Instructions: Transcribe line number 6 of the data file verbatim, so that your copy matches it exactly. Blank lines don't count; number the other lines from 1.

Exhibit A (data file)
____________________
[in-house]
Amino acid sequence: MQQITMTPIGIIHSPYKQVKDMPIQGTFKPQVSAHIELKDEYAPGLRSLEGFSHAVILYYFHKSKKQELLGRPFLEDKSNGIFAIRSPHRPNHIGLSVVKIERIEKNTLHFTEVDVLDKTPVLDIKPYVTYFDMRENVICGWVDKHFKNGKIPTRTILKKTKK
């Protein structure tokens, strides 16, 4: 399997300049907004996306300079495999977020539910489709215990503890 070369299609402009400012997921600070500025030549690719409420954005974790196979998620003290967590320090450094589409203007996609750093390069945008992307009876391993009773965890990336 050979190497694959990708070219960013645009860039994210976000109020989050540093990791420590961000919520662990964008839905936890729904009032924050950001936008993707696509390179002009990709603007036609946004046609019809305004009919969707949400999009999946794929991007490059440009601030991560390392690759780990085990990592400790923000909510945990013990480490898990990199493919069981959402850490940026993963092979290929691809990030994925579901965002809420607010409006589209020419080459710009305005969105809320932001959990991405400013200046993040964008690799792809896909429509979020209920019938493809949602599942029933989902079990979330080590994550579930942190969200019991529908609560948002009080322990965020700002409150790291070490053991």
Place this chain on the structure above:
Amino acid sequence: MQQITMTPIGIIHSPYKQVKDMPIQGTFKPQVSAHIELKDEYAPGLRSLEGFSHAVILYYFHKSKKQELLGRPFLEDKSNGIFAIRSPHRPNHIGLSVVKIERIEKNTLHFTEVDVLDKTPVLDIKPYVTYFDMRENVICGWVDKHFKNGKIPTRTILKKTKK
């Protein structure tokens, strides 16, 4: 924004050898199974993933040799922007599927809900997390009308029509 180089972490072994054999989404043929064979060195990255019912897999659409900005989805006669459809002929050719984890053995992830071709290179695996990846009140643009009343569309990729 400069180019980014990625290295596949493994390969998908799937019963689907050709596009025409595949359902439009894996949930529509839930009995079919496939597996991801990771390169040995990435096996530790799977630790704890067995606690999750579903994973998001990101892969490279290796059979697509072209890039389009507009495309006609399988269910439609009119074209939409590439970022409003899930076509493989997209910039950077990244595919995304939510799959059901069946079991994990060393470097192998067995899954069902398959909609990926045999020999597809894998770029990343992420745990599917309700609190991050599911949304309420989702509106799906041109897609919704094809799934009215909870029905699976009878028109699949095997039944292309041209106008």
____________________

């Protein structure tokens, strides 16, 4: 924004050898199974993933040799922007599927809900997390009308029509 180089972490072994054999989404043929064979060195990255019912897999659409900005989805006669459809002929050719984890053995992830071709290179695996990846009140643009009343569309990729 400069180019980014990625290295596949493994390969998908799937019963689907050709596009025409595949359902439009894996949930529509839930009995079919496939597996991801990771390169040995990435096996530790799977630790704890067995606690999750579903994973998001990101892969490279290796059979697509072209890039389009507009495309006609399988269910439609009119074209939409590439970022409003899930076509493989997209910039950077990244595919995304939510799959059901069946079991994990060393470097192998067995899954069902398959909609990926045999020999597809894998770029990343992420745990599917309700609190991050599911949304309420989702509106799906041109897609919704094809799934009215909870029905699976009878028109699949095997039944292309041209106008």